“You have to do Maslow before you can do Bloom” is a frequent comment from educators, particularly since social-emotional learning and trauma-informed instruction have been a focus of school systems around the United States. The necessity of these programs has been made especially clear since the onset of the pandemic. Now, more than ever, educators are concerned with ensuring that the basic needs of students are being met so that the deeper learning included in Bloom’s Taxonomy can occur.

Lisa Morgan is president of the Georgia Association of Educators and has worked in the DeKalb County School District as an early-childhood educator since 2001.

Created by Benjamin Bloom, a twentieth-century educational psychologist, Bloom’s Taxonomy promotes higher-level thinking (analyzing, evaluating and creating) rather than just the remembering and recitation of facts. In Bloom’s Taxonomy, role-playing is on a higher level than memorizing, predicting outcomes is higher than answering basic questions. However, “you have to do Maslow before you do Bloom.”

Maslow’s Hierarchy of Needs is one of the basic principles of psychology included in most educator preparation courses. The focus in these educator preparation courses is often on aspiring educators understanding that students must have their most basic physiological needs (food, water, sleep, shelter) met before they are able to focus fully on learning. The current pandemic has continued to highlight those needs while bringing student’s safety and belonging needs (friendship, connectedness and sense of family) to the forefront of these discussions.

The current inability to meet these students’ needs is, in many cases, a direct result of policy decisions made over the past two decades. From 2003 to 2018, the state of Georgia reduced public education funding through austerity cuts to QBE (Quality Basic Education), underfunding and changing the formulas for equalization and sparsity grants, and creating tax credit programs that divert public funds to private schools. All these cuts resulted in increased class sizes, the reduction of the arts and other elective courses, less professional development for teachers, and limited instructional resources available for teachers and students. With further cuts to public education in the current budget, the recovery from 16 years of previous cuts is further delayed.

Further damaging to our schools during this time of budget cuts was the requirement that school systems choose to either remain status quo or become charter systems or Strategic Waiver School Systems. These last two designations have resulted in all systems but two that no longer have to abide by any of the Title 20 laws or state Board of Education rules concerning the administration of their schools. For these systems, such mandates as the number of days or hours of instruction, class-size limits, duty-free lunch for teachers, requirements for the number of school counselors and social workers, requirements for physical education or fine arts classes, and fair dismissal for teachers no longer apply.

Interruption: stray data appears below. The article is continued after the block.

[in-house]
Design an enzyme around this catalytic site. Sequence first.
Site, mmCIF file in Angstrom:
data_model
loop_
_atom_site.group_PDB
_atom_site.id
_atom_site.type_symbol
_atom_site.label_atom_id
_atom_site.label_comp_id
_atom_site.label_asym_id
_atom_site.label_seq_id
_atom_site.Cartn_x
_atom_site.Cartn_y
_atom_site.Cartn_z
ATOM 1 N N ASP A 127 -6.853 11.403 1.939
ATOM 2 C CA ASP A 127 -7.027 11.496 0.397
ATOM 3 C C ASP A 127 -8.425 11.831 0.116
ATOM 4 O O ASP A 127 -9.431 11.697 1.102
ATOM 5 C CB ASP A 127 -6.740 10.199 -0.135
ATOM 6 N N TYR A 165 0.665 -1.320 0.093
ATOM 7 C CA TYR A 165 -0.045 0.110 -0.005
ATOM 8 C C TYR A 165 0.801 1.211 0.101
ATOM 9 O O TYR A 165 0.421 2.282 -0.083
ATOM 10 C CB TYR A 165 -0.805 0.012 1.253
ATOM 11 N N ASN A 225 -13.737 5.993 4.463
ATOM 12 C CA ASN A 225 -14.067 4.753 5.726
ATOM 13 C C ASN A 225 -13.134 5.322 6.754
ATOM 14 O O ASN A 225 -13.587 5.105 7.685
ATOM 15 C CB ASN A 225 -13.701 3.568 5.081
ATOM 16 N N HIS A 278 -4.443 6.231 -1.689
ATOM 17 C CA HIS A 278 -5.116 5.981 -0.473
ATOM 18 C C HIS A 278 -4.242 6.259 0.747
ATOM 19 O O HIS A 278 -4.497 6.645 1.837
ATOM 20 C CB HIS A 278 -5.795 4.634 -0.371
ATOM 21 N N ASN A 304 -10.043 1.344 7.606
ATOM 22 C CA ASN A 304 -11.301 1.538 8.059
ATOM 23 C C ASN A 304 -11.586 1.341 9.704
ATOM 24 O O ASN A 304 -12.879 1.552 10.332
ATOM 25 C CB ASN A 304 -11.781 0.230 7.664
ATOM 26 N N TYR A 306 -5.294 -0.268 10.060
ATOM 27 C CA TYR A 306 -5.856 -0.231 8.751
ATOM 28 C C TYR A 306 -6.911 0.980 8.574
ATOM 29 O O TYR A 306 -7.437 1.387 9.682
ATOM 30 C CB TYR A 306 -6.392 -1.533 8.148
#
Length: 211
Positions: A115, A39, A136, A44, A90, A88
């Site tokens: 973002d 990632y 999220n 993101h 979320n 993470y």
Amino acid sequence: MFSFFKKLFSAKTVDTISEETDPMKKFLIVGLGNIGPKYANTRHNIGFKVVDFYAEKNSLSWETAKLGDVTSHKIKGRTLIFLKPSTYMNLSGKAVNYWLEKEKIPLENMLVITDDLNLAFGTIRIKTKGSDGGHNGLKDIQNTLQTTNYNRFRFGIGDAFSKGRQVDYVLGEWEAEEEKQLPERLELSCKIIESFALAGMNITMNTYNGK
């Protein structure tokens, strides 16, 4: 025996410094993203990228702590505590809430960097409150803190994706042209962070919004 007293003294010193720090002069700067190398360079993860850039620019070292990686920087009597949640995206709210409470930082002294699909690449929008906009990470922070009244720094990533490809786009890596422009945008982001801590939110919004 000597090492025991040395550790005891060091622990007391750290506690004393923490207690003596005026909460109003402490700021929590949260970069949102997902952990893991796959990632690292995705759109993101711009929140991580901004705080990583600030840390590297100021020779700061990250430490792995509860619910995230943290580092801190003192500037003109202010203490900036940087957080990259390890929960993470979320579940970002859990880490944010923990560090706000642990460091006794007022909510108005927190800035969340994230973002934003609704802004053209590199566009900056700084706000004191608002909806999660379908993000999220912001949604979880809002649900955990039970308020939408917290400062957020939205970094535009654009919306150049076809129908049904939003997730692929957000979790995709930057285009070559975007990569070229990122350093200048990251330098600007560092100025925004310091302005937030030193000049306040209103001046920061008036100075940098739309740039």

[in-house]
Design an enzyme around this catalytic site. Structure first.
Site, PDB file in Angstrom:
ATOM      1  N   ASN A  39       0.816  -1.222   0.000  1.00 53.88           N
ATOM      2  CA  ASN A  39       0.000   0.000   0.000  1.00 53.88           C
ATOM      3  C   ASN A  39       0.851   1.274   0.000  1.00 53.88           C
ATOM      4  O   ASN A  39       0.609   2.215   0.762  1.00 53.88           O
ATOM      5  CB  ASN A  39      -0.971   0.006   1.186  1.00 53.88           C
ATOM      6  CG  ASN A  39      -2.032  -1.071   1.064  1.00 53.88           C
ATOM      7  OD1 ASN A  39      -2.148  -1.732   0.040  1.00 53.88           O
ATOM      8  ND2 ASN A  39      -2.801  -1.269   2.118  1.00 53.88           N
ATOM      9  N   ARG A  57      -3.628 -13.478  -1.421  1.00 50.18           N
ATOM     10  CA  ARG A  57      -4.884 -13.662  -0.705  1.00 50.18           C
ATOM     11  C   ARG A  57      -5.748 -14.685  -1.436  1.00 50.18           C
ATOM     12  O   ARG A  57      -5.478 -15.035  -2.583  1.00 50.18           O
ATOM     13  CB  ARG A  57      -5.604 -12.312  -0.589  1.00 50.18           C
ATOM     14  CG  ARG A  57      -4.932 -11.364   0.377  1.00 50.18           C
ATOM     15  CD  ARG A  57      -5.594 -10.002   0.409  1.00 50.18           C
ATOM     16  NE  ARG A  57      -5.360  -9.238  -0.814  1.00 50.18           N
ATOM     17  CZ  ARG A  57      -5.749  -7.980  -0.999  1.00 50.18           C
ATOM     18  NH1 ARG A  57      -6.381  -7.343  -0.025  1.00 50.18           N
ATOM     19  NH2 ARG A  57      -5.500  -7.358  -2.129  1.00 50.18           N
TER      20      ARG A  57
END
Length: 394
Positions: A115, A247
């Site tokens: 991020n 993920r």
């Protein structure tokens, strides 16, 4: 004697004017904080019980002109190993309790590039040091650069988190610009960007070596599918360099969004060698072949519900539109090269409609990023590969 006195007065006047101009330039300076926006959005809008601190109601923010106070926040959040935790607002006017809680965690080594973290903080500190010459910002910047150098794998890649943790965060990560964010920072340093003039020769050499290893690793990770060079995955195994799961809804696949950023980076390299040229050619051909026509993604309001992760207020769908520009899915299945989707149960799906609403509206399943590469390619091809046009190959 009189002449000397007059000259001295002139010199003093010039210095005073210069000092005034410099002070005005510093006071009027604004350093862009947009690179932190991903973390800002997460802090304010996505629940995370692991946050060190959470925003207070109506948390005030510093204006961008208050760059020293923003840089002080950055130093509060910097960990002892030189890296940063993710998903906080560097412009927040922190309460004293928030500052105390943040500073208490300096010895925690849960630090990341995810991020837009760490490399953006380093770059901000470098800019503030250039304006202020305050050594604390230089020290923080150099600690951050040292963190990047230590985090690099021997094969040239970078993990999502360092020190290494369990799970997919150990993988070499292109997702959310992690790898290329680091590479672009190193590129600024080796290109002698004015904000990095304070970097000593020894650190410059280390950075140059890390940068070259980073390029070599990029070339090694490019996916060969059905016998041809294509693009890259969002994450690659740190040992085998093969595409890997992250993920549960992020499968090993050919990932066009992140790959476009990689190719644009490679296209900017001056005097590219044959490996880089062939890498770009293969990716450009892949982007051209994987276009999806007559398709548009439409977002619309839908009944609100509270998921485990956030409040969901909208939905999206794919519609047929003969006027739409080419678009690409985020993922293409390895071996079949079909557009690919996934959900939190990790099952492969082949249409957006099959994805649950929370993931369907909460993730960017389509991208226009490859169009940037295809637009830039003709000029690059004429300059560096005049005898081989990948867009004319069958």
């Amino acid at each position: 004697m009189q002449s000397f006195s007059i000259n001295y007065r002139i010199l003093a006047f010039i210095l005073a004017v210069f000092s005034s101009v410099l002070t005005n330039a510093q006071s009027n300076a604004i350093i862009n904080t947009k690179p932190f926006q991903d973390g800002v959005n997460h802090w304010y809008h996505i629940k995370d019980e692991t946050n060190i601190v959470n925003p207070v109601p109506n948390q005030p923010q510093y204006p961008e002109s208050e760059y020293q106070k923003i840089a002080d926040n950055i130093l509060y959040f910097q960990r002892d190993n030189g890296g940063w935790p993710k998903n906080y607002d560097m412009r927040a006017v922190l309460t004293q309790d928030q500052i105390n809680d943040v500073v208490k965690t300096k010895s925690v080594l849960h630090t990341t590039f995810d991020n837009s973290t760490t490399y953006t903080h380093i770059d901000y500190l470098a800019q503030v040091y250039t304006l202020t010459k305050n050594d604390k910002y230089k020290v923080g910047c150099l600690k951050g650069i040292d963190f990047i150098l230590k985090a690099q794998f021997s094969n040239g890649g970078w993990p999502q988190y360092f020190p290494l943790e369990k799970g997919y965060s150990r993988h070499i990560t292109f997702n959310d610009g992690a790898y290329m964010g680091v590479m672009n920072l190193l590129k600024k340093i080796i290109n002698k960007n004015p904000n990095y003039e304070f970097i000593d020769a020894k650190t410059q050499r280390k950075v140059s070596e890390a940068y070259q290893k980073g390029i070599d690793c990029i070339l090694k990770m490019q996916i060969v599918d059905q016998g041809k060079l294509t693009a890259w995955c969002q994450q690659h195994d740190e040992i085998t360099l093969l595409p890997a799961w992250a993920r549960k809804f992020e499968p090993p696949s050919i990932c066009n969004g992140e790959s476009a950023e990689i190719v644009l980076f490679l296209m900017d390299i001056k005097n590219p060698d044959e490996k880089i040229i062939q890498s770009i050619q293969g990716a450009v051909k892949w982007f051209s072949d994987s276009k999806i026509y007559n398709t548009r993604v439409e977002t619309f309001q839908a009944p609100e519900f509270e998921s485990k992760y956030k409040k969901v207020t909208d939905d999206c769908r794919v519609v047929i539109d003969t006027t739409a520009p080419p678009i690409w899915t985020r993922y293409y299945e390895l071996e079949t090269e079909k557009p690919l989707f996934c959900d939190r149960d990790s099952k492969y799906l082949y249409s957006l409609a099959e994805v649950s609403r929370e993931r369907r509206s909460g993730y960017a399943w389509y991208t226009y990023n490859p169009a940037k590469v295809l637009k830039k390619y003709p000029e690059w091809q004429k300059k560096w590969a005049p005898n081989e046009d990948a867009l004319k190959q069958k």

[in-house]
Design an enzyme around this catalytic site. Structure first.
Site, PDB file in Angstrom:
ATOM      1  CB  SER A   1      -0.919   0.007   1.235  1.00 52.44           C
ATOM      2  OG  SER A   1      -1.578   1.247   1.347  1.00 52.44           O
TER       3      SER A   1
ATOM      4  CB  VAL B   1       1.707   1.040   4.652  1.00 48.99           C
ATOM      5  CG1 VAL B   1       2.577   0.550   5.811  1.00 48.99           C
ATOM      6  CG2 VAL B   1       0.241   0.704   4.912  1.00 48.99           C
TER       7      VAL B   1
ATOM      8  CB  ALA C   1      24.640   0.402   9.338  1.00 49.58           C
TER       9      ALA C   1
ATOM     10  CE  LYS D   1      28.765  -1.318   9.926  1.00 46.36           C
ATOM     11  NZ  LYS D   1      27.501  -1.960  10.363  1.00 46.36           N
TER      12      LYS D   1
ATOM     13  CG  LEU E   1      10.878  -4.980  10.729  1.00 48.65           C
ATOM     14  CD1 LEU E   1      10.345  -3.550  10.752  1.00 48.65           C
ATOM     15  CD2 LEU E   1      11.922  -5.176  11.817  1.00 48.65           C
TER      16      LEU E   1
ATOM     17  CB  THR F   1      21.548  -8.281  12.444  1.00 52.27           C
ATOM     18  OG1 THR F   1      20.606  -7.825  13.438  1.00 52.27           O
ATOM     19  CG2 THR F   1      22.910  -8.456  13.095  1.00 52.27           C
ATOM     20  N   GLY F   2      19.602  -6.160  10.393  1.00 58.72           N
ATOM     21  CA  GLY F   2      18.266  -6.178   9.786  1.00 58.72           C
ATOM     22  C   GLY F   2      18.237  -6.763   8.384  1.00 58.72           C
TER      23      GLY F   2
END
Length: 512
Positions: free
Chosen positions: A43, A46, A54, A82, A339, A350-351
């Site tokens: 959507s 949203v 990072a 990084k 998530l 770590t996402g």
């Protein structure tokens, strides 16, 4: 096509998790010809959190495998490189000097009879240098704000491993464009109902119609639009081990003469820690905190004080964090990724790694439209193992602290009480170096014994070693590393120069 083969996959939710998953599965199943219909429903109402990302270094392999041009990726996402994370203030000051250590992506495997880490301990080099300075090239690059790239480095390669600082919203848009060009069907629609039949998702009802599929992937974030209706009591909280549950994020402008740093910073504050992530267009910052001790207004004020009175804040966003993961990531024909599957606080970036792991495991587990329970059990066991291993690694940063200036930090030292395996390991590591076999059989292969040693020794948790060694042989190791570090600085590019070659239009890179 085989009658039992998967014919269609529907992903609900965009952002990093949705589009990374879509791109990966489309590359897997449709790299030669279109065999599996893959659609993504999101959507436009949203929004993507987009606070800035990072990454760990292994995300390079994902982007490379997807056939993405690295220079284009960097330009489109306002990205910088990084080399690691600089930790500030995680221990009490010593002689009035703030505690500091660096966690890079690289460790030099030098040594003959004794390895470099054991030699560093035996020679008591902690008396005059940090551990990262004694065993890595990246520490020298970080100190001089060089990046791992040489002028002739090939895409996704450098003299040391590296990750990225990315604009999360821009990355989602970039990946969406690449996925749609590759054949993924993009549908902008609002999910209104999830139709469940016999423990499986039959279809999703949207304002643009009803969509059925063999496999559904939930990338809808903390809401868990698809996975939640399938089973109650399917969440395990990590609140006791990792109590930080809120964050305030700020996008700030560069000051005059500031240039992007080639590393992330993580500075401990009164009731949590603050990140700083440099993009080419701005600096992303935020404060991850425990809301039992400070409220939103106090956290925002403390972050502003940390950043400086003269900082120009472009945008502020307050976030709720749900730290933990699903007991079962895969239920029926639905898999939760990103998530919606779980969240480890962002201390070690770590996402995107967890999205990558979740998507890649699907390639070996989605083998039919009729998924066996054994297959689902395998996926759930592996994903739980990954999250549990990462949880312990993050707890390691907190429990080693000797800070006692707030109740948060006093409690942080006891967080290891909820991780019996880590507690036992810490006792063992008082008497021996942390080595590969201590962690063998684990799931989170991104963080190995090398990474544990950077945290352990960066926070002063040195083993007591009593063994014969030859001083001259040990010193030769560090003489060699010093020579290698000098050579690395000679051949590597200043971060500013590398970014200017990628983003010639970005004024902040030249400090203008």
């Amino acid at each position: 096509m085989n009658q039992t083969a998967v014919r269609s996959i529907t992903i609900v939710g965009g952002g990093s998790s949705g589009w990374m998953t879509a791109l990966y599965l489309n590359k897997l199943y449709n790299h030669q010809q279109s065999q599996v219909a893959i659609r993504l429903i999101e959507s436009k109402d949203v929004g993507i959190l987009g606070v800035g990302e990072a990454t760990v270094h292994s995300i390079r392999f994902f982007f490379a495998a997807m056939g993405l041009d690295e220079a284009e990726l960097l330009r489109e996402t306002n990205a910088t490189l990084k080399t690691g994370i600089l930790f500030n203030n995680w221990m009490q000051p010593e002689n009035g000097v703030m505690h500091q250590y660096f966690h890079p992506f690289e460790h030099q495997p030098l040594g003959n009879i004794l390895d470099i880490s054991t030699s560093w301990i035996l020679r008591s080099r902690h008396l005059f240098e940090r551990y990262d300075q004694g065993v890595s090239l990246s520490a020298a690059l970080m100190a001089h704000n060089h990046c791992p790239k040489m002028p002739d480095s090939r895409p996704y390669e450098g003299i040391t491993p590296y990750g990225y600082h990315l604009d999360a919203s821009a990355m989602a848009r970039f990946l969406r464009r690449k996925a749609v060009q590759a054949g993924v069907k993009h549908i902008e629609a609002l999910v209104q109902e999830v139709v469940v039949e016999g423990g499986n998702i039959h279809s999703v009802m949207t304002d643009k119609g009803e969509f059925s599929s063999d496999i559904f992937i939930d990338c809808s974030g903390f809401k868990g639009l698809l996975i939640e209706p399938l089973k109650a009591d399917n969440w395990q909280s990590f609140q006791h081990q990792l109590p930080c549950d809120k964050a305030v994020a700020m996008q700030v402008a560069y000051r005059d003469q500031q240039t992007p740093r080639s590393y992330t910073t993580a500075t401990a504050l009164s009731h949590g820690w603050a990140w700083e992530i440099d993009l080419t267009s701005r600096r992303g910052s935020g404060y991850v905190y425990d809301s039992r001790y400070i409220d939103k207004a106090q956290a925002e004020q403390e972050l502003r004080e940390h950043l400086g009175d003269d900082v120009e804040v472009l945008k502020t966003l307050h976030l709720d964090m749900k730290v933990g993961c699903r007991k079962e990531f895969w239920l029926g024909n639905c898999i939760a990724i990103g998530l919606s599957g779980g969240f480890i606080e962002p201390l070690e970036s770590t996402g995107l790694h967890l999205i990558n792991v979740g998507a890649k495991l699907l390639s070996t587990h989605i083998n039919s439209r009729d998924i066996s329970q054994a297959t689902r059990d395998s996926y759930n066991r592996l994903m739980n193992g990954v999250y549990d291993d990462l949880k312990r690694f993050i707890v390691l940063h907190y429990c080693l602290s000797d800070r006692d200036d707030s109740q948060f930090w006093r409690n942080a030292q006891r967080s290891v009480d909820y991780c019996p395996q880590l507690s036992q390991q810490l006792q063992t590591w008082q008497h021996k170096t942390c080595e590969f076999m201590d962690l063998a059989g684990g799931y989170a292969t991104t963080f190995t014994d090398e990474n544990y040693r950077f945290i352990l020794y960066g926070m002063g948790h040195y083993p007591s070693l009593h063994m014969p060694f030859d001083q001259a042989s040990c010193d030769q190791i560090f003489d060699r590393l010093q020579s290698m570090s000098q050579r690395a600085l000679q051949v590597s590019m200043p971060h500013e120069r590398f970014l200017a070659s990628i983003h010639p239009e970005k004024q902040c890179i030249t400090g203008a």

During this time when meeting our students’ needs requires lower class sizes, more counselors and social workers, and increased resources for technology and the access to it, the funds to meet these needs simply do not exist. The opposite is happening; larger class sizes are in effect, and support professionals, elective classes, and resources are not available. The ability of educators to dig deep inside themselves and their pockets to make up for the insufficient resources provided by policymakers is being stretched to the breaking point. Educators themselves are in need of some attention to Maslow’s before they can provide Bloom’s.

In addition to having their physical safety needs met, educators need the security of professional pay to meet their physiological needs. They need policies that promote health and safety, whether the policies are protecting from a virus, an active shooter or an aggressive student. Educators need to be respected as the professionals they are and provided the resources to practice their profession. They also need to be heard as the experts in their field with the knowledge, expertise and experience to provide the solutions to the issues confronting public education.

As we continue to navigate through the challenges ahead, our focus must be on the students and those who educate them. Meeting the needs of all involved must be the primary objective of all educational policy decisions. We cannot afford to have another generation of students who spend their entire school careers experiencing austerity and reductions. We cannot continue to expect educators to try to supplement from their own resources for what is not and should be provided by their schools. We must meet our students’ and educators’ needs so they can thrive in their respective roles. Maslow, then Bloom.

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